Every team needs a piece of silverware to celebrate with after winning a title; it’s an unwritten rule in sports. But what does the team captain lift if there isn’t one? Where’s the photo op? Is there to be no enduring image of their achievement?
Those were the questions concerning the Philadelphia Union front office a little over 24 hours before the team kicked off against the New England Revolution on Sunday. The Union needed to win to secure the Supporters’ Shield as the first-placed team in Major League Soccer’s regular season. Fans of reigning Supporters’ Shield holder LAFC had mailed the trophy to Philadelphia in case the Union got the job done and finished ahead of Toronto FC. But as the hours and minutes were ticking down ahead of match, which the Union would go on to win 2-0 to clinch the title, the shield hadn’t turned up.
“It wasn’t until halfway through Saturday that we were like ‘We need to full throttle go and get something else,’” Union manager of marketing and community relations Allie Gentile told ESPN, with MLSsoccer.com’s Andrew Wiebe first outlining the backstory to the replacement shield via a thread on Twitter.
This is the story of how a Captain America shield, complete with 150 lb force magnet, became the Supporters’ Shield.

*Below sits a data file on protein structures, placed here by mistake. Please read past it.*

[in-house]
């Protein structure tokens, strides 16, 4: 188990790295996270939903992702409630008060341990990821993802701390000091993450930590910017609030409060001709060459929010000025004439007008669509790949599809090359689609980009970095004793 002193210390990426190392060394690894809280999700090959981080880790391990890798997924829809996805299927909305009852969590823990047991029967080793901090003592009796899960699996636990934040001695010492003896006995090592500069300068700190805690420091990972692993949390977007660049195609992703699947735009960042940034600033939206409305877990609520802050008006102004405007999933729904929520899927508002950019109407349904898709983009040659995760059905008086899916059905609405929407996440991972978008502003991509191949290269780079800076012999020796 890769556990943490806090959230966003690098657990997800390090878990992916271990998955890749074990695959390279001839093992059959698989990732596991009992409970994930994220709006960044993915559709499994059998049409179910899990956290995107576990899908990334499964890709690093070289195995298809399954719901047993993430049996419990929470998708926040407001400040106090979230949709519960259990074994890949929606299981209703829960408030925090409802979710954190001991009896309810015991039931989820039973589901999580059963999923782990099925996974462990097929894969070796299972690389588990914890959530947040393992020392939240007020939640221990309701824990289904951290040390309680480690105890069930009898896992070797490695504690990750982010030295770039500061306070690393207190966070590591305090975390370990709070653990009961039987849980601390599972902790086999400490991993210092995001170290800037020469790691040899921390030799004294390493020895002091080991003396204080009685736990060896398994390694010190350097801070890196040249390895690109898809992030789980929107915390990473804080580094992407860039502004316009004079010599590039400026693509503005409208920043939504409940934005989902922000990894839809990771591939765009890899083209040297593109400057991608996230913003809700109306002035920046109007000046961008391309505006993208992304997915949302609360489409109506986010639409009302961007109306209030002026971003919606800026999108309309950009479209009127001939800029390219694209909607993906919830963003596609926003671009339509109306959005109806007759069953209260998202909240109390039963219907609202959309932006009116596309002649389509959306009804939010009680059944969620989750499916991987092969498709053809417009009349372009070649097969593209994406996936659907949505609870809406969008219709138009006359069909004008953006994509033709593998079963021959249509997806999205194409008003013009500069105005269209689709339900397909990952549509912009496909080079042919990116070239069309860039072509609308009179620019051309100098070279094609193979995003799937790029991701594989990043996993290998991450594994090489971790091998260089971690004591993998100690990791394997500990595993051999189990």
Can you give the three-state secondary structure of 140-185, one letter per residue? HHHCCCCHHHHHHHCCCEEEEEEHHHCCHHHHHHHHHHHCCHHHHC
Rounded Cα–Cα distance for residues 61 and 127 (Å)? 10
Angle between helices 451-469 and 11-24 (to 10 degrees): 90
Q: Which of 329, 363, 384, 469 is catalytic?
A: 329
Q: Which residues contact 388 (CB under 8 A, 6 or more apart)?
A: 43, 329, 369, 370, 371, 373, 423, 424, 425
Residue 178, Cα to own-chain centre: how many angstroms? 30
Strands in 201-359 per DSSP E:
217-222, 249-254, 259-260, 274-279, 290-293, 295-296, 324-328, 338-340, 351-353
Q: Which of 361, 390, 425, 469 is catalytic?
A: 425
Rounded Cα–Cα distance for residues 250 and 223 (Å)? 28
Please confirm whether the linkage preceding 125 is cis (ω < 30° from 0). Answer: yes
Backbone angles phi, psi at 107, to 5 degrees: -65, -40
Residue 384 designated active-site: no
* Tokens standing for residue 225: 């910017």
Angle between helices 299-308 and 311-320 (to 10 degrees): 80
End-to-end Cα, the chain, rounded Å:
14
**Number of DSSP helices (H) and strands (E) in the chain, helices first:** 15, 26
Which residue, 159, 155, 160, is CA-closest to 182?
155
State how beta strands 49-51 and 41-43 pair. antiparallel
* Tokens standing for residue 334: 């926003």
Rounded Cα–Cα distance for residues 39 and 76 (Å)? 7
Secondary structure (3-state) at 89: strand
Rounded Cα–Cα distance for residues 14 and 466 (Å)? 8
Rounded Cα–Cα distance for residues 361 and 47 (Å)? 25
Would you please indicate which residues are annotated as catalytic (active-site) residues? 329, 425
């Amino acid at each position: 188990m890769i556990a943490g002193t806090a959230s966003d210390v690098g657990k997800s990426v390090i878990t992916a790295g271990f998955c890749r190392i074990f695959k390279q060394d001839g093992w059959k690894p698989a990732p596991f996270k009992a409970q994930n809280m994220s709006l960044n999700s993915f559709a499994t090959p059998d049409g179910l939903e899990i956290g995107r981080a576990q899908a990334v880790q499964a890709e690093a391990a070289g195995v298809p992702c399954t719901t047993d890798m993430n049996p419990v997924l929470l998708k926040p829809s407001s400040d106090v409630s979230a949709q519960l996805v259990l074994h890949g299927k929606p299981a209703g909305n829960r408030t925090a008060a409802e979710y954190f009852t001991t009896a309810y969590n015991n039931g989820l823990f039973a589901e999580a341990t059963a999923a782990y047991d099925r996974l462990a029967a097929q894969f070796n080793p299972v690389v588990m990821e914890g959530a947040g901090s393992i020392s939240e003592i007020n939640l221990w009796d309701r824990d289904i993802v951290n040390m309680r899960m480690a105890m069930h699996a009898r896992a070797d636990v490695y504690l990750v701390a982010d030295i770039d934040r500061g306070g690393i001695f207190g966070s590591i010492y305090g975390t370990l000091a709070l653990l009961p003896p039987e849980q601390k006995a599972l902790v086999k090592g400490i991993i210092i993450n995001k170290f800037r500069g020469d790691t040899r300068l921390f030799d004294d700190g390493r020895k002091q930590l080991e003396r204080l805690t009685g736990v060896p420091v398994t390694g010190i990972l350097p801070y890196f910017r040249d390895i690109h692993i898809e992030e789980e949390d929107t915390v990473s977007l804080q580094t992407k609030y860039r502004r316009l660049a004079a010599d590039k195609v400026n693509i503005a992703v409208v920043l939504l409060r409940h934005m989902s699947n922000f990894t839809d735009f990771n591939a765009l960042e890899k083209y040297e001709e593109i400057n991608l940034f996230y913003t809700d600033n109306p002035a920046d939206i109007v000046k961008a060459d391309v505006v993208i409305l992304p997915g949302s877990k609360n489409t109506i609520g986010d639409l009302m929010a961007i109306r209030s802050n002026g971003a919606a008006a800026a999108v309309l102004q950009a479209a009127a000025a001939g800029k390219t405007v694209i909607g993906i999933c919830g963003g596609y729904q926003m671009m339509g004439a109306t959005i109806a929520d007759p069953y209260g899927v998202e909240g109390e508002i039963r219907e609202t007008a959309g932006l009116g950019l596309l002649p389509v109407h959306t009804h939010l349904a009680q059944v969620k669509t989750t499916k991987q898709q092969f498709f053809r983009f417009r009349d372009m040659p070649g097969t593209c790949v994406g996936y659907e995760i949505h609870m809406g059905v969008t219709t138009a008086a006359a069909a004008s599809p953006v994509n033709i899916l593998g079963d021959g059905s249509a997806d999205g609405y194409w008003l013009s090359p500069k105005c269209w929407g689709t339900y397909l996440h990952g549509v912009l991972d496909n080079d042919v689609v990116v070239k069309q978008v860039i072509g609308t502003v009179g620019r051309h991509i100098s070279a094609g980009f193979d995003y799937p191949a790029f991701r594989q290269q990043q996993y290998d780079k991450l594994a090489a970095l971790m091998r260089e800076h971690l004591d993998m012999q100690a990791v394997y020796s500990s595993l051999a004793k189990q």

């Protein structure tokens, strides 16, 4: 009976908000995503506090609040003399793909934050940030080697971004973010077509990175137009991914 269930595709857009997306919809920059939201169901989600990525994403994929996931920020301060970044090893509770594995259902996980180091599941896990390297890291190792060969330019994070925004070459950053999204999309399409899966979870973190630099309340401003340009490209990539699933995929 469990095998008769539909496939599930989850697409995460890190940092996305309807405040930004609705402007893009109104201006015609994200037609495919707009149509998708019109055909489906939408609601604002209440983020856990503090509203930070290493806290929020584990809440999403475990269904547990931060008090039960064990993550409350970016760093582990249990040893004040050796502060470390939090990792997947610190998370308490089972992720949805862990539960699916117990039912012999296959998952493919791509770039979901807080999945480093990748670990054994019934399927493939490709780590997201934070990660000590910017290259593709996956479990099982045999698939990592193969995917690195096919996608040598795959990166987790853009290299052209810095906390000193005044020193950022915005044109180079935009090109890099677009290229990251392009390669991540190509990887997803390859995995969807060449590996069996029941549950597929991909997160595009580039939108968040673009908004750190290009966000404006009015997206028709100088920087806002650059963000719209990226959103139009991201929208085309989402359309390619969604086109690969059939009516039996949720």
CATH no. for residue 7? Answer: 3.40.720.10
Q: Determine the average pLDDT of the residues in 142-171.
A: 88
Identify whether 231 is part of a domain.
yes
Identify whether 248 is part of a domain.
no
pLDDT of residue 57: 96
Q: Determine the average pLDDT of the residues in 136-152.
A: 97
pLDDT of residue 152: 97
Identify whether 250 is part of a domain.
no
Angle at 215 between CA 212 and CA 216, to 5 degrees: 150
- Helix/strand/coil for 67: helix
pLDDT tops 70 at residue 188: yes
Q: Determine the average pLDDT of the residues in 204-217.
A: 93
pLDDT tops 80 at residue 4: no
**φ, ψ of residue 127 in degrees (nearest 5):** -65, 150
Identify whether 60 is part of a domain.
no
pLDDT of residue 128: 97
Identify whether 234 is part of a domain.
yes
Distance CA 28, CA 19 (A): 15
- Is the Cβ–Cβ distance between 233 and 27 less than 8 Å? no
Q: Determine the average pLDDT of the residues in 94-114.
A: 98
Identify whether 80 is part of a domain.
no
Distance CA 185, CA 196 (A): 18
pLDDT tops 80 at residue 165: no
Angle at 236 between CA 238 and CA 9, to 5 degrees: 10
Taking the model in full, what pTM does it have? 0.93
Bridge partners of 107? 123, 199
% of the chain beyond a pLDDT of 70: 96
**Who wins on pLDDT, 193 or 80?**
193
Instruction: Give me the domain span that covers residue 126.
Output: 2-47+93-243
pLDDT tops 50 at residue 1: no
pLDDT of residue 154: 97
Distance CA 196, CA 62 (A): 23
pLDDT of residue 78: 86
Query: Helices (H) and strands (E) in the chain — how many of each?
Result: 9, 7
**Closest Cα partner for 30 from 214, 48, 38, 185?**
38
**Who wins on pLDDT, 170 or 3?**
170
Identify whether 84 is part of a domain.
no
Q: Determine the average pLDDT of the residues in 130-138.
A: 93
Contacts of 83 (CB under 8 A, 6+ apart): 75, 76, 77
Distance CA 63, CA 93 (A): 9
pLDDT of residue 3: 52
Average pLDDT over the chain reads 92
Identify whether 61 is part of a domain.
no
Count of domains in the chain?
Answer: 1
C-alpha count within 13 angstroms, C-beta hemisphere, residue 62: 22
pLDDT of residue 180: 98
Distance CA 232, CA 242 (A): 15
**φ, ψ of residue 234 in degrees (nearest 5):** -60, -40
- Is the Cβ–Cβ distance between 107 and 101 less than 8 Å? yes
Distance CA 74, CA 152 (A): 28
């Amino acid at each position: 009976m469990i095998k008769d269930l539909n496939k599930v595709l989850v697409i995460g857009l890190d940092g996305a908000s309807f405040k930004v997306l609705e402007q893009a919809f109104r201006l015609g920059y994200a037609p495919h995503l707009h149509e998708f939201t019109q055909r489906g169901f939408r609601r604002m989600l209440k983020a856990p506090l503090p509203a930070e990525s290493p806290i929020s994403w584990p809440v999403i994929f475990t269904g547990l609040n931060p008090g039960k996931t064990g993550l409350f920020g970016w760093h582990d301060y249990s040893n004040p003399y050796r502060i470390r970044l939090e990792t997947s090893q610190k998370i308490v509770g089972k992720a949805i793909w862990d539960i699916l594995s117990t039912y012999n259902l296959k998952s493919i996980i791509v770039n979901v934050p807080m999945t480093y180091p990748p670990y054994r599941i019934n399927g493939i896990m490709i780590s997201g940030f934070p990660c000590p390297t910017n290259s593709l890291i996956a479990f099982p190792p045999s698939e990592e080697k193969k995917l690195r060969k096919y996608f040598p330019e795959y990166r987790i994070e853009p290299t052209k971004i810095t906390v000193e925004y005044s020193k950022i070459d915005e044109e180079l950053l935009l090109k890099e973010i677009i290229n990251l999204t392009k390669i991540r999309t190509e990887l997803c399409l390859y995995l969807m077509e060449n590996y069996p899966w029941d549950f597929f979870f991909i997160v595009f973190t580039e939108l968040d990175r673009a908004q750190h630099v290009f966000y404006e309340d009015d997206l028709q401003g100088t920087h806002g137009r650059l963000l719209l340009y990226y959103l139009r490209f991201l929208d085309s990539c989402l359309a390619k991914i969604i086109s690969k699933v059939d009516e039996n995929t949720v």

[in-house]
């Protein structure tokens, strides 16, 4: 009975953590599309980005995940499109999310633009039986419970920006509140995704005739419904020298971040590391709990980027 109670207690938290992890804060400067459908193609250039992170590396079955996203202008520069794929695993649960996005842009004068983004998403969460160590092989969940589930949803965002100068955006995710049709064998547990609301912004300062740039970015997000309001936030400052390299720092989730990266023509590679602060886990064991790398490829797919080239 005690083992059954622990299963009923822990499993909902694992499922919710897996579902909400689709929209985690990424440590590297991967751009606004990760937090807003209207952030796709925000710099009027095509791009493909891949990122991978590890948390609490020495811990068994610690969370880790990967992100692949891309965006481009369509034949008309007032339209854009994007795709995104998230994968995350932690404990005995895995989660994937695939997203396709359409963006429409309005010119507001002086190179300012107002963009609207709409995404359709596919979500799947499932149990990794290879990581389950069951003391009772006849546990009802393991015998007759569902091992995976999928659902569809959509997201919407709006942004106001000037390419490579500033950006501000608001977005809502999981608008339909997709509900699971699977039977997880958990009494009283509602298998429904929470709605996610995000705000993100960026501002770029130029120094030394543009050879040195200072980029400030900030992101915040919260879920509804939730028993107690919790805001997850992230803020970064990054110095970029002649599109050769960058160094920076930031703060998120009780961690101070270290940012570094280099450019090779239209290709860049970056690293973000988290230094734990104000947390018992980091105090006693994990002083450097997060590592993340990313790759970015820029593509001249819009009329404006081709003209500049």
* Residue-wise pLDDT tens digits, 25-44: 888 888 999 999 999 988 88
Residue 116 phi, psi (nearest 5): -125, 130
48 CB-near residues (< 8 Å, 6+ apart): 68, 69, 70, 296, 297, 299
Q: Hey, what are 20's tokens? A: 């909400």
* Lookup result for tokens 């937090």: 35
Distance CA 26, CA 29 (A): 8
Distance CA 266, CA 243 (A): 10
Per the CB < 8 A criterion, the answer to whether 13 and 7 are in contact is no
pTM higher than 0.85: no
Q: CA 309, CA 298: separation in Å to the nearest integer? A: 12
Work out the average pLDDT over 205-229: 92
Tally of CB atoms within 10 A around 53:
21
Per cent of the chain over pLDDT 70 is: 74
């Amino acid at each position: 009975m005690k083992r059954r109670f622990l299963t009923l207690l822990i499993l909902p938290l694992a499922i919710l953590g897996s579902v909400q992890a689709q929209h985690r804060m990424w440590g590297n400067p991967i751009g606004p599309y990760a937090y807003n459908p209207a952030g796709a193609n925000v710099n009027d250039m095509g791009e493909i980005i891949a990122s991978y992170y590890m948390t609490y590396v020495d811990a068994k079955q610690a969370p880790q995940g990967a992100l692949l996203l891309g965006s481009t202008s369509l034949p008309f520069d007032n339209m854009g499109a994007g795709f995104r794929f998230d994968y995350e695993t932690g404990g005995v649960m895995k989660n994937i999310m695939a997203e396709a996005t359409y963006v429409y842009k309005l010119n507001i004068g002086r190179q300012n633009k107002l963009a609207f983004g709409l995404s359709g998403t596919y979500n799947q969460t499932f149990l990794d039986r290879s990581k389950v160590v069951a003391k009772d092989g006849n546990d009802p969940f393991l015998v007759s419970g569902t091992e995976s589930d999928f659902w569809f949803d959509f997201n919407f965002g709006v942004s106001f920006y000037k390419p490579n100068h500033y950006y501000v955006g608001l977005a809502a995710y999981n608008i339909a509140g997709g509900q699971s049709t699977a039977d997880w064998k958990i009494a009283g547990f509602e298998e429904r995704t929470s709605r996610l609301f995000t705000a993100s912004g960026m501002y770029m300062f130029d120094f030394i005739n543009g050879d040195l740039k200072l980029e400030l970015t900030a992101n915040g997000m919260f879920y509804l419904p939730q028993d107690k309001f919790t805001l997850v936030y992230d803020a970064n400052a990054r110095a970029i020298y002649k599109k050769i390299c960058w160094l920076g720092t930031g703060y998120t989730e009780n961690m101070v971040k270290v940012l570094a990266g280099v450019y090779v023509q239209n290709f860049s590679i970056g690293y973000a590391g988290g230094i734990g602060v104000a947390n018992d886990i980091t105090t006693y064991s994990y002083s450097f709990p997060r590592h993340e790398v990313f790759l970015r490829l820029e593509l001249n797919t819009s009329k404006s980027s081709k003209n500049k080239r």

— Andrew Wiebe (@andrew_wiebe) November 9, 2020
Gentile got to work on a Plan B during the Saturday and embarked on the quest of sourcing an adequate replacement shield for club captain Alejandro Bedoya to potentially hoist.
“It started at Target looking for anything that looked like a shield,” said Gentile. “So that was a pizza stone, a baking tray that was circular, a sled disc and then a lot of Amazon perusing trying to see if there was anything that would get here by 8 a.m. the next morning.”
A 16-inch pizza pan was purchased, but as Saturday wore on and an increasingly nervous Gentile continued to source the best option, she got a message: Captain America had come to the rescue! Or, at least, a guy called Jeremy Sullivan from Medford, New Jersey had, for he was the owner of a Captain America shield that he was willing to lend to the MLS franchise.
“It’s the classic tale of someone in the community saying ‘I got a guy, who knows a gal, who knows a gal, who knows a guy’ … we might have a solution and literally that’s how it happened,” the Union’s chief marketing officer Doug Vosik told ESPN. “It’s one of those pretty funny stories that you hear in comedy routines, but it’s actually true.”
Sullivan is the boyfriend of the sister of the fiancée of Tom Via II, who works as the Union’s web manager. Luckily for the Union, Sullivan was more than helpful, not just agreeing to hand over the shield, but even measuring it and taking pictures so the fabricators could start planning how to overlay the vinyl image, which the club’s design department hastily put together, on to the shield.